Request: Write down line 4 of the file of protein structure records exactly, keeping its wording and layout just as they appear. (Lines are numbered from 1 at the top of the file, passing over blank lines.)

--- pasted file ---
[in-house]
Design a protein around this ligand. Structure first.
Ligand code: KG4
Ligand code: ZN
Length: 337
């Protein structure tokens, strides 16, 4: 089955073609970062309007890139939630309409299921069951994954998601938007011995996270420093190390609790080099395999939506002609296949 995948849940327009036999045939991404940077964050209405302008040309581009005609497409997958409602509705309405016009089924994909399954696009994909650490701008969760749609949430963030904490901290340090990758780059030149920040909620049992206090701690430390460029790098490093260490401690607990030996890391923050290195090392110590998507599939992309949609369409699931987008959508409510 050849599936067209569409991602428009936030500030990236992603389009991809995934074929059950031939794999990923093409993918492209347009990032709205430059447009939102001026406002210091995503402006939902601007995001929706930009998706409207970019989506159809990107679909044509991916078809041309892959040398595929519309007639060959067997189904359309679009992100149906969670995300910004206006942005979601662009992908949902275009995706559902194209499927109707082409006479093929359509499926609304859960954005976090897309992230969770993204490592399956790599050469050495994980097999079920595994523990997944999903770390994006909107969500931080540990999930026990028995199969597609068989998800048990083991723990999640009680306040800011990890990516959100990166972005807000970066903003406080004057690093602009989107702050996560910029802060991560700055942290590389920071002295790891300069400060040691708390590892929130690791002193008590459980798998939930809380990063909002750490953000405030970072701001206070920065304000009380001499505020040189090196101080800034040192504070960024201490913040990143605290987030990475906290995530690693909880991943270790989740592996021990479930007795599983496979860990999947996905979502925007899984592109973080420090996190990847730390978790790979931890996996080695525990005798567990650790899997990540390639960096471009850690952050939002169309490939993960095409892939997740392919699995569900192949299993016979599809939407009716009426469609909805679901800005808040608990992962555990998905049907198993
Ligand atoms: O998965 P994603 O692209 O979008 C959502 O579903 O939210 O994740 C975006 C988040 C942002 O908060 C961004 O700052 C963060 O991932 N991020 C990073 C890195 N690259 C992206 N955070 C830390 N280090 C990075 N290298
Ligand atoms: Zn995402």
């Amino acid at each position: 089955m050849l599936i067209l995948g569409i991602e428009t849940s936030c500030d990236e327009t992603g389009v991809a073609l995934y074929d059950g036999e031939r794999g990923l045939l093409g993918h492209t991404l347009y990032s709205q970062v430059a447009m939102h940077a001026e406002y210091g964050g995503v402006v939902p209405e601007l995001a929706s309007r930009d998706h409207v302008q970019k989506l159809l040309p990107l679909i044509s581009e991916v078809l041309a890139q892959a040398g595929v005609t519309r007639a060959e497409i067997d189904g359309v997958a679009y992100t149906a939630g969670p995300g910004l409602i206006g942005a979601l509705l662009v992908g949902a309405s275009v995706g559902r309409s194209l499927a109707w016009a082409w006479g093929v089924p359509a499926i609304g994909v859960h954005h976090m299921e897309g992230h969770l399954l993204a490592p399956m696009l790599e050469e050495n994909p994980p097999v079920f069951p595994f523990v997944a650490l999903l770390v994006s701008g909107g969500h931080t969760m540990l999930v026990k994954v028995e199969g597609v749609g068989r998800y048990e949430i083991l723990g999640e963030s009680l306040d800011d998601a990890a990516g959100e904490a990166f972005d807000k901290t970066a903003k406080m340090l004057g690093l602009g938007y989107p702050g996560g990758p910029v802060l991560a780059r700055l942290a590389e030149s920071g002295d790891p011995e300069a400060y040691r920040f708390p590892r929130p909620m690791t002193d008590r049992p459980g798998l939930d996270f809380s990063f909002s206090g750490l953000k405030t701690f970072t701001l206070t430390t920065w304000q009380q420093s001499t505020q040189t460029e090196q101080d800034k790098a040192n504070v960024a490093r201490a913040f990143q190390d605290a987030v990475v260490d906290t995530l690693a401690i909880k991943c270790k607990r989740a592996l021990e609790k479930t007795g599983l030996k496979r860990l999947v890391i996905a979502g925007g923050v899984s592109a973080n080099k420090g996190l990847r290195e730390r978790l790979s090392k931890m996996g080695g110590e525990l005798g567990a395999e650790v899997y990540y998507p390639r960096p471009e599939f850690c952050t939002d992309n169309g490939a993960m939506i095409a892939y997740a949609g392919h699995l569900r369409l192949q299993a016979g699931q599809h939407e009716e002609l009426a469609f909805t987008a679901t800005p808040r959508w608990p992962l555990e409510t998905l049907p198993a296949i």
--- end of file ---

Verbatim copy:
Ligand code: ZN